I returned just last Friday from a three-day junket to Banff, where I attended an information technology conference about something called “cyberinfratstructure”
That word may be as difficult to type as it is to pronounce, but it has a specific and justifiable meaning in the world of scientific computing.
The term was actually coined about six years ago by the National Science Foundation in the United States, as a way of talking inclusively about co-ordinating information networks, computers and people in the service of high-end, data-heavy scientific research.
A lot of “big science” these days – particularly astronomy, climatology, and genetics – depends on the ability to assemble, store, process and share databases of sizes so tremendous as to be unimaginable a decade or so ago, but which have now become basic tools of the trade.
Canada, like most other developed technological nations, has invested heavily in the computer hardware and networking infrastructure to make this kind of science possible, but both demand and operating costs continue to rise at rates that often threaten to make the whole enterprise shaky.
A response to these spiraling costs and demands has been the development of something called “cloud computing.”
This, unfortunately, has become buzzword of the moment in the IT world, and as with most buzz words, it has come to be used in so many senses that it has ceased to have any real sense at all.
One of the most interesting events at the Banff conference was a panel conversation featuring four experts in “cloud” computing, and rather ineptly titled “Where Does the Cloud Sit Today?”
Lousy as the title was, the panelists at the event were lucid, intelligent people who had pithy and pertinent things to say. As well, the comments and questions from the audience participants were also at a very high level of expertise (so much so that I kept the quality high by keeping my own mouth shut).
The general consensus of those present was that, to be meaningful, the terms “computer cloud” and “cloud computing” probably require more rigorous definition than they have received so far, and probably need to be distinguished from each other.
The most succinct definition of “cloud computing” came from one of the members of the audience.
This woman suggested that “cloud computing” should be understood to refer to high-intensity, network-distributed data computation, in which a number of synchronized computers, located at greater or lesser geographical distances from each other, combine forces to form a virtual machine, and to act like one enormously powerful computer.
High network bandwidth may play a role in this kind of activity, but bandwidth is not in itself a key consideration of cloud computing; it is really about synchronizing cycles on computers and pooling results.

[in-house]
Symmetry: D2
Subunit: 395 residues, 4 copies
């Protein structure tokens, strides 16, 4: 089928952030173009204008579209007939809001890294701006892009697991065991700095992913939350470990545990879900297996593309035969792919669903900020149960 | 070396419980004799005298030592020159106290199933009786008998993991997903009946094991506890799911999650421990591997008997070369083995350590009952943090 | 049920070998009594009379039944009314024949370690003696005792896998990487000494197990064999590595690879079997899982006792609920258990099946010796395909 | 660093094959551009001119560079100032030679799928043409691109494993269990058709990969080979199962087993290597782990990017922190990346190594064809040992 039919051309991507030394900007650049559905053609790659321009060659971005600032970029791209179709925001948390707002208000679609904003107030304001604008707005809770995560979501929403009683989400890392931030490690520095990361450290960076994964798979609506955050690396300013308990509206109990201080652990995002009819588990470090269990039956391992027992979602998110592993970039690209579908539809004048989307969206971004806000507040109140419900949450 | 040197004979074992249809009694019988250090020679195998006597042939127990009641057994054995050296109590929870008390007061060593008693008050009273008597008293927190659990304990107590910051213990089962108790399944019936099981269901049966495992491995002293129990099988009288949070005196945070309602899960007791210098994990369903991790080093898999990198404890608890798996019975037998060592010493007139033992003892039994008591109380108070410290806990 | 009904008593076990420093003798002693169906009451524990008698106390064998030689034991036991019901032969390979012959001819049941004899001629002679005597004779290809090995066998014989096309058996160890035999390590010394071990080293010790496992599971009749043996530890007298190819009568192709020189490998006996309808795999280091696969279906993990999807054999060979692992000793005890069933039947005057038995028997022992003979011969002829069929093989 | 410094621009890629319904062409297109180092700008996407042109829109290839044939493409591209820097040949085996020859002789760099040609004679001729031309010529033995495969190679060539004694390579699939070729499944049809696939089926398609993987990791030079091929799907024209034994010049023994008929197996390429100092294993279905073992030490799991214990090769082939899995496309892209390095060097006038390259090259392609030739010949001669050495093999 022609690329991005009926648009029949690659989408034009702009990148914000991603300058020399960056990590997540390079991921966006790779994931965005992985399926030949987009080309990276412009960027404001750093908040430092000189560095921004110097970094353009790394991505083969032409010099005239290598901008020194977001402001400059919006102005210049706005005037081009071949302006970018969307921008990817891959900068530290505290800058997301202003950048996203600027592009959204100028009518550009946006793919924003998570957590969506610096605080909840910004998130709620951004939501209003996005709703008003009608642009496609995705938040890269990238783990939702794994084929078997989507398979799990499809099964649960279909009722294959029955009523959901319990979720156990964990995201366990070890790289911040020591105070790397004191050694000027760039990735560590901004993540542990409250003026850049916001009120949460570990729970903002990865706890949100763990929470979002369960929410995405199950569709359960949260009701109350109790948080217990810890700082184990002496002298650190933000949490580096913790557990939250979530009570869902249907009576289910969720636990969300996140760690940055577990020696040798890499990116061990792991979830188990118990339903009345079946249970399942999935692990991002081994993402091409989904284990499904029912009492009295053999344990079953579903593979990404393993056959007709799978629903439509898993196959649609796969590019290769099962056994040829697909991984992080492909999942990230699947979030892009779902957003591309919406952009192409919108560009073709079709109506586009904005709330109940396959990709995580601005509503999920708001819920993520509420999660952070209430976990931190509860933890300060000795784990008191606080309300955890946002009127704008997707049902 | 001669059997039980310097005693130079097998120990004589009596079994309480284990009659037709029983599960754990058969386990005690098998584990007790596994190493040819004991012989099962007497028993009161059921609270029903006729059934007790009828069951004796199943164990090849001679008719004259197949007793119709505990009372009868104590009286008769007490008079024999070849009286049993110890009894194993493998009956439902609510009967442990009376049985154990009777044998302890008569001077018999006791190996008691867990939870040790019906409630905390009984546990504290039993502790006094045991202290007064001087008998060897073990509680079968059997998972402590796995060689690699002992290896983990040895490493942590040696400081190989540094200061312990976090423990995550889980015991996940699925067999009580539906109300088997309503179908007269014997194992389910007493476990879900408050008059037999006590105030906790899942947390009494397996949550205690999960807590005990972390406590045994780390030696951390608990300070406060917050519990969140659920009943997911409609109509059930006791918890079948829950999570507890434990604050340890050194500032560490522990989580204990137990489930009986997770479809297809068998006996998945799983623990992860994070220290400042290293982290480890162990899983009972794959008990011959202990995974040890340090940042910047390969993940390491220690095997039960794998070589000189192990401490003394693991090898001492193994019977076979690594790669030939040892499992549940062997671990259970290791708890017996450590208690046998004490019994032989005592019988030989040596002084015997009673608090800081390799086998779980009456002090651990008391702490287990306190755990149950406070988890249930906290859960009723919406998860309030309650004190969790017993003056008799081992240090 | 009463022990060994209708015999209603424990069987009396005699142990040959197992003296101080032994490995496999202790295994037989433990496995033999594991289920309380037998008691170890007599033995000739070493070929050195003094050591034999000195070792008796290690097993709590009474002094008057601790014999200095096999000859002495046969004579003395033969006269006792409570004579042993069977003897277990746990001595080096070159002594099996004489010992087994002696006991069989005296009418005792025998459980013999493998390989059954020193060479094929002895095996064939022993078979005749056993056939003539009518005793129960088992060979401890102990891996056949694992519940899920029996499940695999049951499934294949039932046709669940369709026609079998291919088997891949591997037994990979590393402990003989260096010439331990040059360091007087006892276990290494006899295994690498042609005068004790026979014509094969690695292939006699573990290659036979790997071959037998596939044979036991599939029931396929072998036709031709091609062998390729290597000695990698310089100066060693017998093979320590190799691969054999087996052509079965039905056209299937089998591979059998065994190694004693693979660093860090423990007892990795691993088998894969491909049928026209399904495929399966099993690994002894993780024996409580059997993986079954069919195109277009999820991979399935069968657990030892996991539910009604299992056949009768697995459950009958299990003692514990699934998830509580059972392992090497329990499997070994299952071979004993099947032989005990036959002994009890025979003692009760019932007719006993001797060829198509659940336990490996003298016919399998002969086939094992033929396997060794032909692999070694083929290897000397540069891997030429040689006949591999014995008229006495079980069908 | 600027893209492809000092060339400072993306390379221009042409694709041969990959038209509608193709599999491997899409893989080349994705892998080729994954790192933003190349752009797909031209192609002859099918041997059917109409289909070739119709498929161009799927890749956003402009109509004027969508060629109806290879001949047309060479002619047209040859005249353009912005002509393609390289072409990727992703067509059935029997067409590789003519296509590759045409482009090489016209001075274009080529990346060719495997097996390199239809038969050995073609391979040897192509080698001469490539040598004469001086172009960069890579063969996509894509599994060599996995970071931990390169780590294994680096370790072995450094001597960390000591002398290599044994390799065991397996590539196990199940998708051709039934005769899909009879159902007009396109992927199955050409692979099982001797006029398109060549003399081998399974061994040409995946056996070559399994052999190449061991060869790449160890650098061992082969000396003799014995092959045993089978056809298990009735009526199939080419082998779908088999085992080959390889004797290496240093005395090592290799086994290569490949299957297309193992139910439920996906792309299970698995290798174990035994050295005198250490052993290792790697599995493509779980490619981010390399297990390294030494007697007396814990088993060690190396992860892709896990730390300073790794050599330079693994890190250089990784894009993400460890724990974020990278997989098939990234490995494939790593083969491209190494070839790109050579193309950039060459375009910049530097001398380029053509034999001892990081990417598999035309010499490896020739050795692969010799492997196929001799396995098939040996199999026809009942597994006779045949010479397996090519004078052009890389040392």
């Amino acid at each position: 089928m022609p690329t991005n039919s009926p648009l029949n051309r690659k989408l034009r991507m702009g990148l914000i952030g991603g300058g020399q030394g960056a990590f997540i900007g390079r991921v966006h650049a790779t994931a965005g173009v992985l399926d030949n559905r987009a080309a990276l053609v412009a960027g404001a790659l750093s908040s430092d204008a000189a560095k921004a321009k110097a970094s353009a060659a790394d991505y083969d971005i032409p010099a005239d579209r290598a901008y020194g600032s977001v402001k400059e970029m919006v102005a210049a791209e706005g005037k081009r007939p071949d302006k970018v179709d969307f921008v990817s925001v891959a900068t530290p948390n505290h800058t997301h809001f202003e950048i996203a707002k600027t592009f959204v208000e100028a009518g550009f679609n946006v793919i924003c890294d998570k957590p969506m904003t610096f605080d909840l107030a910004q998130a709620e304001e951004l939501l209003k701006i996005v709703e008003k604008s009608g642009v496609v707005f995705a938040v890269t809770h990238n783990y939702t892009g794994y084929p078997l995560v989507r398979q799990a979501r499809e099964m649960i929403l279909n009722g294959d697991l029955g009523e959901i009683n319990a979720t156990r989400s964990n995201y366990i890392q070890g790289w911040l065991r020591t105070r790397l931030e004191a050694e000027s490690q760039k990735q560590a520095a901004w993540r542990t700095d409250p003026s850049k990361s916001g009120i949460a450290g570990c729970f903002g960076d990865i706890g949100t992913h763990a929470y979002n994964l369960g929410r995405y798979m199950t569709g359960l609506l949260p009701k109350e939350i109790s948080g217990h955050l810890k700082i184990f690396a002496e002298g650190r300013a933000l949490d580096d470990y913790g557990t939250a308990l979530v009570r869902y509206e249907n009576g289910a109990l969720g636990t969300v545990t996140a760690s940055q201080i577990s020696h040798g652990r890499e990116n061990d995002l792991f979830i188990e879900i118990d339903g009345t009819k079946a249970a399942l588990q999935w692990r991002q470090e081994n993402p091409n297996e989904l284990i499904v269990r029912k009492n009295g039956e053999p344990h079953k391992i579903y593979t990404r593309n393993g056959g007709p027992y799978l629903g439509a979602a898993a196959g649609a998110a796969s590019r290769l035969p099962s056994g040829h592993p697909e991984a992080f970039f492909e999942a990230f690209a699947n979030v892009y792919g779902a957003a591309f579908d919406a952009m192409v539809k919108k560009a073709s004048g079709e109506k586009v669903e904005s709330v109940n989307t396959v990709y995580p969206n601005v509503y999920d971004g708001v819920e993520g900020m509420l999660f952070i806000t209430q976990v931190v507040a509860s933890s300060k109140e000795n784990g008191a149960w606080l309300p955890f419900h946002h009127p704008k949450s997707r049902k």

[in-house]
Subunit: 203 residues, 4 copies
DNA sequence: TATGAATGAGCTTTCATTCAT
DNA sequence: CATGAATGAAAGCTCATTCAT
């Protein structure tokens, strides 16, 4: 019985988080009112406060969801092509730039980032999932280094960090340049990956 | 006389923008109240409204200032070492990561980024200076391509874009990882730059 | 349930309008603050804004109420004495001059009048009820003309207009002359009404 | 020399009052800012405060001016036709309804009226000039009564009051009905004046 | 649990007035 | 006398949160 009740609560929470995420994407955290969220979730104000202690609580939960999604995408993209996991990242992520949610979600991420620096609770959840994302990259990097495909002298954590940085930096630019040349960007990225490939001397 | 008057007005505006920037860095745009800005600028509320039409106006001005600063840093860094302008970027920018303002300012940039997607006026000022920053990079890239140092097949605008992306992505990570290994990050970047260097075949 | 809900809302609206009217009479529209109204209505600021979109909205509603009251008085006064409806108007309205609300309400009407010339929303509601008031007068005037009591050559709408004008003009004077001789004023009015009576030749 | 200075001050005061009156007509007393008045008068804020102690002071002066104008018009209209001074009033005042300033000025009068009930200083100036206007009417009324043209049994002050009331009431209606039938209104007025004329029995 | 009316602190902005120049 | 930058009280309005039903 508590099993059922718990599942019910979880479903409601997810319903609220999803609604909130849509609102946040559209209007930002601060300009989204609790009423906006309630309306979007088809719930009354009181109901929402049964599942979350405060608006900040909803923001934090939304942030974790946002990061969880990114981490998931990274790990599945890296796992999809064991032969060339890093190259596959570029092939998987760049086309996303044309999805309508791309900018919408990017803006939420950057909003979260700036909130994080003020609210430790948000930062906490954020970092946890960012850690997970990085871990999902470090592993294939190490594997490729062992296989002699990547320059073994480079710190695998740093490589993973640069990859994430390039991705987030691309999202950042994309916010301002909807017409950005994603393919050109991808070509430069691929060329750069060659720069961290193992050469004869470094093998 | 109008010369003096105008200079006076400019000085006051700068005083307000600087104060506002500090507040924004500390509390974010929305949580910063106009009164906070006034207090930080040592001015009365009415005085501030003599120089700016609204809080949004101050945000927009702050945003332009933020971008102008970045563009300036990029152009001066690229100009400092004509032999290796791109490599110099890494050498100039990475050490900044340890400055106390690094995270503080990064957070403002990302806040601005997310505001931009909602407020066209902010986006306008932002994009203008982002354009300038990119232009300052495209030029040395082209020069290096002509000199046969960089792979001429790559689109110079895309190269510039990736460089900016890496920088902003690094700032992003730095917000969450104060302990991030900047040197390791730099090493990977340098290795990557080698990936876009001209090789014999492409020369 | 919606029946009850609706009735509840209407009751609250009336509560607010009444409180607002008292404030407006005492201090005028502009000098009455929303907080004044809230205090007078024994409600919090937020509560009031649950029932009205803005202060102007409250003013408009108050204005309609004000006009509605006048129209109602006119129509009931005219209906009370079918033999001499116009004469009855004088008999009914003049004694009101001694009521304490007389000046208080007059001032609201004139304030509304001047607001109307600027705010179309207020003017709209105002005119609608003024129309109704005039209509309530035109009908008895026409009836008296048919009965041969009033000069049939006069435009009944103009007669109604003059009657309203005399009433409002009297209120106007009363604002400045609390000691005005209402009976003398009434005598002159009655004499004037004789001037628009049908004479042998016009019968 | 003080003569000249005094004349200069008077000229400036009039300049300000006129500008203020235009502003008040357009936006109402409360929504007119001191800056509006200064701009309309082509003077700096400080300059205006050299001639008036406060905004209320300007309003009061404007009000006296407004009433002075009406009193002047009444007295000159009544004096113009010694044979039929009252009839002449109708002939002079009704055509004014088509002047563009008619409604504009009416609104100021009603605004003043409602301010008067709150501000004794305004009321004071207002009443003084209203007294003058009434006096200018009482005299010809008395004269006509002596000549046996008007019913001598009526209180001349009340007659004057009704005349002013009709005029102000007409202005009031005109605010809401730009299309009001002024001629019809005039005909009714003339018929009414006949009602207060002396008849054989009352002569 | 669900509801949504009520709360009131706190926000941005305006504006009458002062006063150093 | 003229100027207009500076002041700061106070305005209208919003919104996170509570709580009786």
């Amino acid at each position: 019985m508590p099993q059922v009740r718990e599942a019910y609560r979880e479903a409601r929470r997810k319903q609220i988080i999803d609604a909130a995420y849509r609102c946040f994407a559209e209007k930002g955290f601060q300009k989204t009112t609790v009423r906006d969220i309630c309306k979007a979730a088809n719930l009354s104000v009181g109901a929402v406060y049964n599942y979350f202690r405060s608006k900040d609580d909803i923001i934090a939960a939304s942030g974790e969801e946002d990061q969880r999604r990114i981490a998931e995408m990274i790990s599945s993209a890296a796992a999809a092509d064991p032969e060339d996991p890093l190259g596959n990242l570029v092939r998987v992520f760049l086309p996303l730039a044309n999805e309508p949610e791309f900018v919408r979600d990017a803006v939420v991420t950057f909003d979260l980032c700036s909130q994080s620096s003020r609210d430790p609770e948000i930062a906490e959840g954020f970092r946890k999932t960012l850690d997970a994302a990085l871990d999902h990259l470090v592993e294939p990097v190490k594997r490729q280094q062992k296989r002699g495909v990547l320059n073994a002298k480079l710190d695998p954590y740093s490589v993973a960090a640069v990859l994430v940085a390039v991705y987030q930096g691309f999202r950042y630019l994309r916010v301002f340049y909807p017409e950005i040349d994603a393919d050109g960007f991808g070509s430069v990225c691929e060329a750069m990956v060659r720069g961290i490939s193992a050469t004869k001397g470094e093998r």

The advantages of this kind of computing to computerized research are obvious: No one university or research institute needs to supply all of its own computing power to meet its needs; it can draw on the computing capacity of other organizations, and contribute its own capacity to the pool when it is not needed locally.
Construed in this sense, cloud computing is a real, existing service, with measurable value and proven results.
It is when the term moves out of the academic and institutional environment that its meaning and value begins to become, well, hazy.
It is common now for companies in the IT sector to present their goods or services as cloud-based or cloud-ready.
Low-powered portable computing devices like smart phones and the IPod Touch, for instance, are often spoken of as cloud-based technologies, because they rely on the workings of network-serving computers for most of their functionality.
Similarly, internet services like Google Aps are touted as being “cloud” computing services because, once again, a bank of network servers does most of the actual computer work, while the computer or portable device at the other end does little more than send out orders and receive results on its web browser.
In truth, though, neither of those activities really qualifies as cloud computing.
In the case of cellphones and iPod Touches, what is going on is really nothing more than the old-fashioned smart-server/dumb-client computing that the oldsters among us recognize as “mainframe” computing (ala the heyday of IBM) made new.
Similarly, a company availing itself of the online spreadsheet and word processing programs of Google Aps is not really doing cloud computing (though Google itself certainly is, to make the service work); it is simply doing plain old application outsourcing, which, again, is pretty old-hat stuff.
It might be meaningful to talk about these kinds of machines and services as being part of a computer cloud, in the sense that they depend on a collection of many different serving computers to make them function.
But that does not make them examples of cloud computing itself.
It is better to try to maintain that clear logical distinction, not only for the purpose of intellectual clarity, but for another reason, too: To prevent genuine cloud computing from also going into the trash basket when the current, hyped-up talk about computer clouds and cloud computing finally falls into the contempt and dismissal it so roundly deserves.
Rick Steele is a technology junkie
who lives in Whitehorse.